Worker Stories - Activities of Life
Meaningful purposeful work can be a potent antidote for a child to help balance the overwhelming nature of technology today. Our interest in practical life, our physical and heart engagement in doing real work, baking, knitting, sewing, shoveling, planting a garden, building, etc., is the source of vital imitation for our children. Through their eagerness to imitate us, we help enliven their relationship to their own will forces, their ‘doing’ confidence, and enjoyment. When children imitate useful worthwhile actions from us, they are forming the building blocks to their own moral capacity.
When they view puppet characters also visually engaged in ‘doing’ actions this reinforces the children’s imitative powers to motivate their own interest in participating in a life of accomplishment in the daily life around them. Imagine their sense of self worth that arises from this.
The key is in building up our own story imagination. We draw our own life experiences, story meaning and symbolism, research, consciousness, and warm this into an imaginative inner picture. This becomes something nearly physical that topples in and around our puppets.
We find the inspiration for these worker tales in the activity of the competent characters that inhabit them!
The shoemaker lovingly, with great care, cuts the leather and stitches it together to make a shoe! His whole being shows interest and pride in his workmanship. There is a leaning in to the stitching, his eyes look at what he is creating. His soul nature surrounds the shoes he is making. After all, the true archetypal shoemaker is making a shoe that supports the human walk on their pathway through the world and destiny.
Thefarmer stands sturdily in the field and views the land. He will dig and plant, water, and nurture the earth and the plants that grow in his care. He is the caretaker of earth, and grows the food that gives us sustenance. The sun shines on his hat, the rain falls on his back, through wind, snow, morning and night the farmer steadfastly takes care of the land and the growing of things. We honor this profession in the rhythmic earthy nature of his gestures.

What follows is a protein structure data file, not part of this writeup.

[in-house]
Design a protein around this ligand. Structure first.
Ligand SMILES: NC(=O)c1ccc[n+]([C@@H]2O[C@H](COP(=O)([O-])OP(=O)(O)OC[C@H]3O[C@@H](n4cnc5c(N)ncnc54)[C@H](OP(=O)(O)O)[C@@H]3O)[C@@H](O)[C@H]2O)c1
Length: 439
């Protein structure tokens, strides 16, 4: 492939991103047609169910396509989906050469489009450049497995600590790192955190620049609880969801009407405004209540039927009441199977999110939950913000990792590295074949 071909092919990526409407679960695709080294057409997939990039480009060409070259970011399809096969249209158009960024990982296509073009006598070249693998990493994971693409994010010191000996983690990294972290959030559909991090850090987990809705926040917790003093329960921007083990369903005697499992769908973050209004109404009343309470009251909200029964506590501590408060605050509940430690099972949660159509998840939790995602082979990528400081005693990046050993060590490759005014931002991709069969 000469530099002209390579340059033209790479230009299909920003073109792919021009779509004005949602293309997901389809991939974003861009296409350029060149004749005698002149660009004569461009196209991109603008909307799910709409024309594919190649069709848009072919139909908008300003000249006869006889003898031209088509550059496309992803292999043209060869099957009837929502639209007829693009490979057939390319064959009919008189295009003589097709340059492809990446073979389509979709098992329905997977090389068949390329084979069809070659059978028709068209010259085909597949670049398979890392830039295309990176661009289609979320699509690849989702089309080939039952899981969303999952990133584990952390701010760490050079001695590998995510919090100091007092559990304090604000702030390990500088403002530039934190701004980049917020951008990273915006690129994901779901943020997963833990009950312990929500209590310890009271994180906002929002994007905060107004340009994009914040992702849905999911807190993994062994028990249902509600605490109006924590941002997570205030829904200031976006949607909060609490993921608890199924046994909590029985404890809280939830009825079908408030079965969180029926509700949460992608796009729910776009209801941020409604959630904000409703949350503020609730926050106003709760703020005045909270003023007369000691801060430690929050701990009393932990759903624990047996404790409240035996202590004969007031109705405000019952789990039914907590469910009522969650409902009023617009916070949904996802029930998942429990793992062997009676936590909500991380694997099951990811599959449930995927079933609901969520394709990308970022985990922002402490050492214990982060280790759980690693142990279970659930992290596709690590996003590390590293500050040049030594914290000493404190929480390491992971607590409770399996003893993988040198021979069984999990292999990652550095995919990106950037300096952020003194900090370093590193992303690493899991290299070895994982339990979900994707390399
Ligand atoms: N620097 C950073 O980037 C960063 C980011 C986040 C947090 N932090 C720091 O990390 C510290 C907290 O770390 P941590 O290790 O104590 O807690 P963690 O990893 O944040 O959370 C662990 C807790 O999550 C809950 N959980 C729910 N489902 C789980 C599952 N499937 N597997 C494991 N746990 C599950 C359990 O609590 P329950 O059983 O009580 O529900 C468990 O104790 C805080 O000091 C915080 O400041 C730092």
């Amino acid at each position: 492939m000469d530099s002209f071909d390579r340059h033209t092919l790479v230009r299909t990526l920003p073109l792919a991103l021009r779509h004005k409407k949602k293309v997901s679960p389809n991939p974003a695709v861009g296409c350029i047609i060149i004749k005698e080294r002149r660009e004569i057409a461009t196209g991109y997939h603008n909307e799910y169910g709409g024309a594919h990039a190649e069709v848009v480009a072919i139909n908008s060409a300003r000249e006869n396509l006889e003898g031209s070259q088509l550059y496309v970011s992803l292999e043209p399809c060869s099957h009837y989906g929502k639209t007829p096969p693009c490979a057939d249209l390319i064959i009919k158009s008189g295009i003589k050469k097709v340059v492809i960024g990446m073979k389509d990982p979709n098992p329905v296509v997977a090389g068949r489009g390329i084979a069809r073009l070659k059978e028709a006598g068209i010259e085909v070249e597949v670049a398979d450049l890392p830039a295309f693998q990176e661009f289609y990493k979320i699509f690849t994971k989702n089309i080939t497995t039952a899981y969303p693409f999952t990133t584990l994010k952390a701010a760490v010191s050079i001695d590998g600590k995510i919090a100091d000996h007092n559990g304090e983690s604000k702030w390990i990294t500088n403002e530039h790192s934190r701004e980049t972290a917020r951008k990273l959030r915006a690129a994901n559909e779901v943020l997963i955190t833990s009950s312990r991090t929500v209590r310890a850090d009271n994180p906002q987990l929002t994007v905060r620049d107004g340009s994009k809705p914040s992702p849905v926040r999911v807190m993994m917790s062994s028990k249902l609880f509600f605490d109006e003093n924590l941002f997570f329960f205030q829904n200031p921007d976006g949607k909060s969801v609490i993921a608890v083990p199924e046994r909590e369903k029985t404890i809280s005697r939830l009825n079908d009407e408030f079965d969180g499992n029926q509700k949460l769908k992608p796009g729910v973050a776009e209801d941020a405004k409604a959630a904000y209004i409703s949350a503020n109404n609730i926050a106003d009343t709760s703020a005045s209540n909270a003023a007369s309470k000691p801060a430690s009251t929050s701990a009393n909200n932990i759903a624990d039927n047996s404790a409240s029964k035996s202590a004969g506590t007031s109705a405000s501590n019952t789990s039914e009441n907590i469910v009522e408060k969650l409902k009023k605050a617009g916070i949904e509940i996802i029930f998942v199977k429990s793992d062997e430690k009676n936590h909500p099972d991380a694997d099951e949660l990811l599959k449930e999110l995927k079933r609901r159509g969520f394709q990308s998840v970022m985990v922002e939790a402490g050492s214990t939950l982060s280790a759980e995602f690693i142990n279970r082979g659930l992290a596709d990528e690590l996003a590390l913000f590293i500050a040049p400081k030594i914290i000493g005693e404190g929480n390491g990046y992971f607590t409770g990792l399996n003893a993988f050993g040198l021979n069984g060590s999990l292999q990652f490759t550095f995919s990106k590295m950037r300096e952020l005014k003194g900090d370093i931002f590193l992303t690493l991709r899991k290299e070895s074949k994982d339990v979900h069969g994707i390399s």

I look for opportunities in every story to bring forward the rhythm of the practical work. From Nursery Rhyme to Fairy Tale, the baker kneads the dough, his whole body movement in the action of kneading. His whole heart is in each stage of the process. We can clearly bring the gestures to the children, the mixing, the rolling, so that the texture of the dough will become visible! When he puts it in the over, we will see him smelling the sweet smells, and when he tastes it, mmmmm, we taste it too! All this we pour into our character from our own inner imagination and insight into practical gestures.
Whatever the worker is doing, we establish a relationship… the shoemaker cares for the shoes he is making, the farmers crops are important to his soul. The Baker finds joy in each loaf of bread he makes. But when the worker character’s work caring for sheep, or a cow, or the chickens, or a child….the relationship is elevated because there can be a visual and believable response from this other character. When the shepherd tends to the sheep, and pats the sheep’s head, the sheep can look up at him and respond to the shepherd’s caring gesture. We see what lives in the interval of the relationship… what is in-between them is made visible.
You might be interested in our upcoming August weekend Online course on an Introduction to Steiner's indications on 'The 12 Professions', a look at the Spiritual Archetype behind the Worker Character - In this immersion we will be looking at The Shoemaker in Story and Puppetry Presentation. Click here for information. Begins August 8, 2020